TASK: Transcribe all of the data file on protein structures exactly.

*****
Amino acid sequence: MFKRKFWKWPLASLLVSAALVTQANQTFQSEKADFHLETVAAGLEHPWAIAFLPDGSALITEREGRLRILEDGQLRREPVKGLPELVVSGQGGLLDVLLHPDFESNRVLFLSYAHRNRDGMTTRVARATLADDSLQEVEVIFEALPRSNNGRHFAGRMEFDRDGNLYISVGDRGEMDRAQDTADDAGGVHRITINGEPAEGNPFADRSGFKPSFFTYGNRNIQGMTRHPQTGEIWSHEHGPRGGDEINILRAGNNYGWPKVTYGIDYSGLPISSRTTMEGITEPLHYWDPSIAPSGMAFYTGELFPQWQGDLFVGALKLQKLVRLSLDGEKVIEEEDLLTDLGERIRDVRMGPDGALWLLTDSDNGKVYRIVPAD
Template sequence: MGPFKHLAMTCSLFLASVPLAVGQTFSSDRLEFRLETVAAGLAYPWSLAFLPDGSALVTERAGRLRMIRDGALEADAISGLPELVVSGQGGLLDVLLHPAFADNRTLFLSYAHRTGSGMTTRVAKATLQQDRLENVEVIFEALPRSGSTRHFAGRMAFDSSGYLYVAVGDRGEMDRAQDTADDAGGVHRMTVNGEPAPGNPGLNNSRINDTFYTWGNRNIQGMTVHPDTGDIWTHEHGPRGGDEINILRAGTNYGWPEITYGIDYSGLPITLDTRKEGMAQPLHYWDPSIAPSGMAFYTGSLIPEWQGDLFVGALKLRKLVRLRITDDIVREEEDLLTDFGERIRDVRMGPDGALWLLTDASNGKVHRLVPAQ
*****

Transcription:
Amino acid sequence: MFKRKFWKWPLASLLVSAALVTQANQTFQSEKADFHLETVAAGLEHPWAIAFLPDGSALITEREGRLRILEDGQLRREPVKGLPELVVSGQGGLLDVLLHPDFESNRVLFLSYAHRNRDGMTTRVARATLADDSLQEVEVIFEALPRSNNGRHFAGRMEFDRDGNLYISVGDRGEMDRAQDTADDAGGVHRITINGEPAEGNPFADRSGFKPSFFTYGNRNIQGMTRHPQTGEIWSHEHGPRGGDEINILRAGNNYGWPKVTYGIDYSGLPISSRTTMEGITEPLHYWDPSIAPSGMAFYTGELFPQWQGDLFVGALKLQKLVRLSLDGEKVIEEEDLLTDLGERIRDVRMGPDGALWLLTDSDNGKVYRIVPAD
Template sequence: MGPFKHLAMTCSLFLASVPLAVGQTFSSDRLEFRLETVAAGLAYPWSLAFLPDGSALVTERAGRLRMIRDGALEADAISGLPELVVSGQGGLLDVLLHPAFADNRTLFLSYAHRTGSGMTTRVAKATLQQDRLENVEVIFEALPRSGSTRHFAGRMAFDSSGYLYVAVGDRGEMDRAQDTADDAGGVHRMTVNGEPAPGNPGLNNSRINDTFYTWGNRNIQGMTVHPDTGDIWTHEHGPRGGDEINILRAGTNYGWPEITYGIDYSGLPITLDTRKEGMAQPLHYWDPSIAPSGMAFYTGSLIPEWQGDLFVGALKLRKLVRLRITDDIVREEEDLLTDFGERIRDVRMGPDGALWLLTDASNGKVHRLVPAQ